Prime minister. Revolutionary. Warrior. King. When Rebecka, Shayan, Jonas, and Moa get in front of the camera, the result is not just a series of magnificent images – it’s a thought-provoking reminder of who we allow to be seen. Or, maybe, who we’ll allow to exist.
Text: Klas Ekman
Photo: Emma Svensson
A few years ago, there was a summer camp in Portugal for the supporter club of Glada Hudik-teatern, a Swedish theater company made up of actors with different cognitive abilities and disabilities. After a week of acting, singing, and dancing, the trip concluded with a Portuguese-themed photo shoot where the sixty participants got to be the models. The photo project was the brain child of Linda Sandberg and Helena Andersson, who are makeup artists for the theater troupe.
Pär Johansson founded Glada Hudik-teatern (Happy Hudik Theater) over twenty years ago, when he worked at an activity center in Hudiksvall. Ever since, he and his actors have amazed both themselves and the rest of the world. They’ve put on a number of successful shows, like Elvis and The Wizard of Oz, performed all over the globe, and starred in both a documentary series and two dramedy feature films.
But, Johansson felt, there was something special about those shots taken in Portugal.
– There was a dimension in those photographs that I hadn’t really seen before, he says.
– When they were given the space to be beautiful, the results were amazing. And you could tell, both in their reactions and in their families’.
After that trip, Pär Johansson, Helena Andersson, and Linda Sandberg brought four of the best shots to Per Broman at Fotografiska. He liked their idea and brought in photographer Emma Svensson. That was the impetus for the exhibition Icons.
“It felt important that these images really captured who they are”
Thirty-six-year-old Rebecka and Shayan were photographed as prime minister and revolutionary. Twenty-four-year-old Jonas got to be king, and seventeen-year-old Moa was a medieval warrior. And so on.
– A lot of people will say that being different is important, and beautiful, says Pär Johansson.
– We also like to say that anything is possible, and that you can be whatever you want if you try hard enough. A lot of people think that’s true, but it’s not. Have you ever seen a police officer with Down syndrome? How would society react if the heir to the throne had Down syndrome? And what are our physical ideals really like? Those are the kind of questions and thoughts we want this exhibition to evoke.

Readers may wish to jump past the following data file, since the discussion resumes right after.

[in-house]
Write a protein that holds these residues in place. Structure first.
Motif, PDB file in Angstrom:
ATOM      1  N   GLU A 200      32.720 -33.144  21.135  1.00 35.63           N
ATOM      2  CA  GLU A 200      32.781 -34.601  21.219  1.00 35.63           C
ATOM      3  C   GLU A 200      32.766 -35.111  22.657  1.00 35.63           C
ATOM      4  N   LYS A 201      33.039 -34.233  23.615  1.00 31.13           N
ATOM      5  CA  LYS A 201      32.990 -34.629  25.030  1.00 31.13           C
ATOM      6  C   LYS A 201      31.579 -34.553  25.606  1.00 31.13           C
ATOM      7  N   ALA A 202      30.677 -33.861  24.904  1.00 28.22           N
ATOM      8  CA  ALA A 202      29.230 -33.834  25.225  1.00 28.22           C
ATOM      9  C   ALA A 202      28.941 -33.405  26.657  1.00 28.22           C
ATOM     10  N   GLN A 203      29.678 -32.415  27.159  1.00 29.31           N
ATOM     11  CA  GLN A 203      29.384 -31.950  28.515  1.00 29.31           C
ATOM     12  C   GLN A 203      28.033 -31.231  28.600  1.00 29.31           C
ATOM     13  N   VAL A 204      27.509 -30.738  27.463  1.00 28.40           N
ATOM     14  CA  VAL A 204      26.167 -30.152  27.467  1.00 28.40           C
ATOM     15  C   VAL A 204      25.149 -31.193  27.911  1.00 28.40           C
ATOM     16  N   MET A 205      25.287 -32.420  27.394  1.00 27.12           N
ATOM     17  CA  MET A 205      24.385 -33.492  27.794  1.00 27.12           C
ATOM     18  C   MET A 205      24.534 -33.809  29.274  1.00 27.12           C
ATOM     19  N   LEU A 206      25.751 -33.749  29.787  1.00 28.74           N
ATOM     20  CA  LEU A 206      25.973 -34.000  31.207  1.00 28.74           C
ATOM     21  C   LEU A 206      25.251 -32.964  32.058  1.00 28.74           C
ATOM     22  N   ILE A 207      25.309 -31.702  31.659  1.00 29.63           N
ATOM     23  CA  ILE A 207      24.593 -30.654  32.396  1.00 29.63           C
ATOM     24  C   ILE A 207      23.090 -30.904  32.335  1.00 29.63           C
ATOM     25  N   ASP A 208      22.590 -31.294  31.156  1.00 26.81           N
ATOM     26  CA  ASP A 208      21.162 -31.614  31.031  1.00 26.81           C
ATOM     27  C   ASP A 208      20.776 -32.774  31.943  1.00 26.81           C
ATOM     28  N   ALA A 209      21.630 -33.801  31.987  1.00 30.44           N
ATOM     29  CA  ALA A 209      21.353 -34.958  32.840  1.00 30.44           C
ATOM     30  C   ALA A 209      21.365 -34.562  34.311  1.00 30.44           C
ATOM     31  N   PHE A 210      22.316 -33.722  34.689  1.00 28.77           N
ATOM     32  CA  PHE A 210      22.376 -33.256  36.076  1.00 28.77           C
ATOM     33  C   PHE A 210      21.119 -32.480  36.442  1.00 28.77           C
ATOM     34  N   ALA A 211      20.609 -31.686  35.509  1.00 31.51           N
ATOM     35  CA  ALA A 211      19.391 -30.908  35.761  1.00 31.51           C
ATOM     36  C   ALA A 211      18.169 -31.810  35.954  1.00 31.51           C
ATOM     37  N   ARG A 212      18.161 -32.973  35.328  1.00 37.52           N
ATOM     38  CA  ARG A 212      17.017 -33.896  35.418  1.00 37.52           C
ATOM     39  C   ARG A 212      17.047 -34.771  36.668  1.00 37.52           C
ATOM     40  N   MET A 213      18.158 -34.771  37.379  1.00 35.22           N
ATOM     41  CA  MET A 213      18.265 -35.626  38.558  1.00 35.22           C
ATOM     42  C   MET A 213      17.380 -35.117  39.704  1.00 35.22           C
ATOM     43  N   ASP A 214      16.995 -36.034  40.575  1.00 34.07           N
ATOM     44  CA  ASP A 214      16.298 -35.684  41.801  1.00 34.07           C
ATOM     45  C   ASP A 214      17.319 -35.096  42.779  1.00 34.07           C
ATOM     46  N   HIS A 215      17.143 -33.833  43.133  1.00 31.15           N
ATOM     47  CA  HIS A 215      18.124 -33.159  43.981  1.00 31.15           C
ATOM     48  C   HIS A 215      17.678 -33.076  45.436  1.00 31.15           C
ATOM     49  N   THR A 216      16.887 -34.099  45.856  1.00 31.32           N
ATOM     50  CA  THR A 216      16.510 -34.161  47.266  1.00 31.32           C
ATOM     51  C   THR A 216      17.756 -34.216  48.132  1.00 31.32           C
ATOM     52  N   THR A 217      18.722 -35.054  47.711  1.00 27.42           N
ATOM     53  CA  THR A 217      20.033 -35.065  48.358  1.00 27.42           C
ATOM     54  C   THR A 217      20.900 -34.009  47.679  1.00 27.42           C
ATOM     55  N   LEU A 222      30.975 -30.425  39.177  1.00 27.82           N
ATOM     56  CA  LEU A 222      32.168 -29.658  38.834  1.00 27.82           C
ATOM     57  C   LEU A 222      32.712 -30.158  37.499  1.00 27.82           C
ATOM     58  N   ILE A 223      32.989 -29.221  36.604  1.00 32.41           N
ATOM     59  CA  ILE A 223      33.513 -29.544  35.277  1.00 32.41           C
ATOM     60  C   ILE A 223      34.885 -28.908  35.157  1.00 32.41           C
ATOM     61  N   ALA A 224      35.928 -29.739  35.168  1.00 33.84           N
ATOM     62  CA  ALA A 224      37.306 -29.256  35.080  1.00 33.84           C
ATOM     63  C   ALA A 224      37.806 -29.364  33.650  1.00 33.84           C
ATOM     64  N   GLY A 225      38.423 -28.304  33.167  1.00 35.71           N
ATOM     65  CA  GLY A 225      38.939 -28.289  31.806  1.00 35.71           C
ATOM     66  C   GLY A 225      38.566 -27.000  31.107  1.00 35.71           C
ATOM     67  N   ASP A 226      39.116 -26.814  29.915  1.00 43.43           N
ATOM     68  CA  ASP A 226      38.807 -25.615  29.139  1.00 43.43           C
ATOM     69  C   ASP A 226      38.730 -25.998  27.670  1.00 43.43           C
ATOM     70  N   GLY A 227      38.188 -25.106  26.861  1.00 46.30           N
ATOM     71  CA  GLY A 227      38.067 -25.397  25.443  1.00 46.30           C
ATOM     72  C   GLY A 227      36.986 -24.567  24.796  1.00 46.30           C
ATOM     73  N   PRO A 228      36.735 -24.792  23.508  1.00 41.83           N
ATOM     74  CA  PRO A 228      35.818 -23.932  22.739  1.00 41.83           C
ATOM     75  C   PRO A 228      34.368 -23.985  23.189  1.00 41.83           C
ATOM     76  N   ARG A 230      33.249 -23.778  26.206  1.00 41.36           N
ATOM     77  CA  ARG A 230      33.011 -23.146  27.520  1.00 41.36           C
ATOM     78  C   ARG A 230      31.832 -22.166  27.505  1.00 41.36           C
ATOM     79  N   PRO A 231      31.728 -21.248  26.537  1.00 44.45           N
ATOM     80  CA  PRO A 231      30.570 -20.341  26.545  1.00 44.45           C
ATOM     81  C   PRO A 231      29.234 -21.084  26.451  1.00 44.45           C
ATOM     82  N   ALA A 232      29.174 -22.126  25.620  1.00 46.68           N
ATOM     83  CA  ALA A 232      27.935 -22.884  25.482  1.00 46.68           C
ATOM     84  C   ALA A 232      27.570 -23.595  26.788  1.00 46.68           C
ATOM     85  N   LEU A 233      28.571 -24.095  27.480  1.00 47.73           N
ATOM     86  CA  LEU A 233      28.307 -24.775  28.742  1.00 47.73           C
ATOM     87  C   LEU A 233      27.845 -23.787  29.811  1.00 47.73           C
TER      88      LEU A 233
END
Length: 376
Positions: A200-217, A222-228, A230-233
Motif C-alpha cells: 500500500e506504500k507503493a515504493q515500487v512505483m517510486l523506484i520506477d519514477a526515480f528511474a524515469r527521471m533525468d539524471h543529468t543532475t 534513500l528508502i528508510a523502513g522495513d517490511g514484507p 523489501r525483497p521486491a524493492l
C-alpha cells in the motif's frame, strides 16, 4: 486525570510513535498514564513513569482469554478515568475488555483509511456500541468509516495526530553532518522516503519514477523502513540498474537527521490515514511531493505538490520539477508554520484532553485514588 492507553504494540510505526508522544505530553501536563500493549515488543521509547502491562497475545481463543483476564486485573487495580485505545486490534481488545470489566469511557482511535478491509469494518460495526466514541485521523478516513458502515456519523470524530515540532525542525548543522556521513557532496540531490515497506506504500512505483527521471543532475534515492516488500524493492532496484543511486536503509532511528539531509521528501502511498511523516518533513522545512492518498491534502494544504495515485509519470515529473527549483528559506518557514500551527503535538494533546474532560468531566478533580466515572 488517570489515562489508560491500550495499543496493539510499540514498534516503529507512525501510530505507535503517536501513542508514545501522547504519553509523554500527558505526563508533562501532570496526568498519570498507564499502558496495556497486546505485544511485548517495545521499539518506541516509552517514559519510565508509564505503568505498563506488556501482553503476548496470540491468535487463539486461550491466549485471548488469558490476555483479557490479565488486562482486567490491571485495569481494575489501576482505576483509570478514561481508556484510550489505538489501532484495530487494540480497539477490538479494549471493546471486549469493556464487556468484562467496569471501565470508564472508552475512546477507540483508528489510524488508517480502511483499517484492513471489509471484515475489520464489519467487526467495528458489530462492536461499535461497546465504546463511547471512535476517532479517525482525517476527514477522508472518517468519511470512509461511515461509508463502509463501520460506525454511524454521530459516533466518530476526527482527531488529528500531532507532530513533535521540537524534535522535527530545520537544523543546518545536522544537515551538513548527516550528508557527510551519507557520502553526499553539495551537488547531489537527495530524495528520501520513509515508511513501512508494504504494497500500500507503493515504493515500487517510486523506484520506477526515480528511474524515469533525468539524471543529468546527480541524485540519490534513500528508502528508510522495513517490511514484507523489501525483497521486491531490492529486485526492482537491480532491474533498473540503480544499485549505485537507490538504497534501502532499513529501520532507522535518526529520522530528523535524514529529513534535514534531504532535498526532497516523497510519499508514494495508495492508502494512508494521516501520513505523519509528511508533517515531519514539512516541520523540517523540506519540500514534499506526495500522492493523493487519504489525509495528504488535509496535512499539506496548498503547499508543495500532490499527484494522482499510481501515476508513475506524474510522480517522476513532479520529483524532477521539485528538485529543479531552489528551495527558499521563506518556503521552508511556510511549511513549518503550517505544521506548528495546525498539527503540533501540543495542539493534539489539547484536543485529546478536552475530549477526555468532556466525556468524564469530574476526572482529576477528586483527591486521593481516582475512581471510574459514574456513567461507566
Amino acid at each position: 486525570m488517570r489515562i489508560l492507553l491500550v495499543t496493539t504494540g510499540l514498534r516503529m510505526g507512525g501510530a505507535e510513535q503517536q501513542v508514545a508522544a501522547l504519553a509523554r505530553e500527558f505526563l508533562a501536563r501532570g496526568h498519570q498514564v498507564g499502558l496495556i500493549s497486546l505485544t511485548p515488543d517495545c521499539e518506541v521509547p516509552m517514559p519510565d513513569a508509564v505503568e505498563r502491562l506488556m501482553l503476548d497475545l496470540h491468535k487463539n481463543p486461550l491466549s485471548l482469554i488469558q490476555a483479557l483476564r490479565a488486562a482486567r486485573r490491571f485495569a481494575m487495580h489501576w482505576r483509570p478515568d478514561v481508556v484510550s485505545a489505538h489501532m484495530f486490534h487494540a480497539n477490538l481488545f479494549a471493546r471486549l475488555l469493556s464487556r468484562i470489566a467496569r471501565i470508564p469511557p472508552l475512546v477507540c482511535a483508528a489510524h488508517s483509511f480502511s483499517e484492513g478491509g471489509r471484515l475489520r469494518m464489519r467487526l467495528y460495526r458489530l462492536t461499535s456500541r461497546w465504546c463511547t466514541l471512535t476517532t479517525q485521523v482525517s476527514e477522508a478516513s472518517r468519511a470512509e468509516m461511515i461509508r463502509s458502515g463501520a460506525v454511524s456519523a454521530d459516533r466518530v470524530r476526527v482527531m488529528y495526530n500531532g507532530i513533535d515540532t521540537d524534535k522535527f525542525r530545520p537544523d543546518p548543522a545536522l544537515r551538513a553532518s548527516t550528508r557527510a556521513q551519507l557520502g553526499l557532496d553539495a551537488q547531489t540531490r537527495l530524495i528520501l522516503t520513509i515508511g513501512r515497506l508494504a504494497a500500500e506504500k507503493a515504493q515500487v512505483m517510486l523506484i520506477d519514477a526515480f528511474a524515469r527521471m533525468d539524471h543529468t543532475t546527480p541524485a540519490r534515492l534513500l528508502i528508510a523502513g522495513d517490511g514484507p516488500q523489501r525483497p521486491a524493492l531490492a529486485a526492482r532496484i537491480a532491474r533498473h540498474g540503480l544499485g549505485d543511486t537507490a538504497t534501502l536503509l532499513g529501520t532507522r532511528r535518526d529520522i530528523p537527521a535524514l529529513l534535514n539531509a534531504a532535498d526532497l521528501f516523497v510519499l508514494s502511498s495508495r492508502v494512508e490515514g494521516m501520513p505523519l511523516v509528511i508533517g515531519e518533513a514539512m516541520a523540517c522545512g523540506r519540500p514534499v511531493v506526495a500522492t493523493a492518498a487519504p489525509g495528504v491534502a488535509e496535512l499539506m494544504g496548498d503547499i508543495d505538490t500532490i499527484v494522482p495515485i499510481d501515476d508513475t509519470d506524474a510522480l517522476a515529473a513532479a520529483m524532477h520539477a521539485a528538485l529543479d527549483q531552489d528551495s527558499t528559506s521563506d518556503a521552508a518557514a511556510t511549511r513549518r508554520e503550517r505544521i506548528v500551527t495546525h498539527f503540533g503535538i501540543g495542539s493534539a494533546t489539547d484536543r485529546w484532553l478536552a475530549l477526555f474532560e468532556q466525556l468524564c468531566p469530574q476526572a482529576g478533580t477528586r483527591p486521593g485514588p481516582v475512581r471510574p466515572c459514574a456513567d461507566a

At the same time, the exhibition wasn’t just meant to raise questions, but to portray actual people. Yes, Emma Svensson did work from classical archetypes like queens and super heroes, but every image had its genesis with the models, who were interviewed beforehand.
– These characters really match up with the personalities of the people we were shooting, she says.
Pär Johansson agrees.
– It felt important that these images really captured who they are. I know these actors, so I can tell that they absolutely did. Jon, who’s been shot as Marlon Brando, is so handsome and a hit with the ladies, but people rarely get to see that because people with Down syndrome tend to be portrayed as cute. And sure, they can be cute and sweet, like anyone else, but like anyone else they’re also people with dreams and visions.
One of the photographs is of actor Mats Melin, famous in Sweden for his role in a long-running series of commercials for grocery giant ICA. He’s pictured at a taped-off crime scene.
– Mats’s big dream is to play a cop in a Bruce Willis movie, so there really wasn’t much to discuss there. These pictures aren’t just of people dressing up, they’ve captured so much more. And that makes this project feel extra special, especially now, says Johansson.
Consider where the lines are drawn
Fewer and fewer children are born with Down syndrome, due to fetal diagnostics. A series of articles in Aftonbladet, accompanied by Emma Svenssons images, had the title De utrotningshotade – “The endangered”.
– You shouldn’t question people who get abortions, but it does say something about science and how forgiving a society is of difference and aberration, says Pär Johansson.
– What will we allow as criteria in the future? Gender, hair color… We don’t want to make anyone feel guilty, but we do want people to consider where the lines are drawn, and where we want them to be.
The exhibition opened on March 21st, World Down Syndrome Day, and was made up of 21 portraits – 21 being the number of the duplicated chromosome.
– The power of photography is that it allows for a lot of interpretation, but also that it can affect you so strongly. That’s the big thing, because that could change the way you look at things. Maybe it can help people understand something new about diversity, and learn to think a bit differently. I think they all came out amazing. Just the opening was worth all the hard work. All their families showed up, siblings, grandparents, and a lot of people cried tears of pride.
For Emma Svensson, that warmth and community was present through the whole process.
– It was all hugs straight off the bat, no initial hand shakes or anything, she says.
Down syndrome is a developmental disability named for Dr John Langdon Down, who in 1866 was the first person to describe the syndrome. It stems from an extra 21st chromosome, where most people only have two. It affects the development of the brain, and also the person’s appearance. There are no known causes for Down syndrome, though the chances are higher the older the mother is. The number of children born with Down syndrome has gone down, because of advances in fetal diagnostics.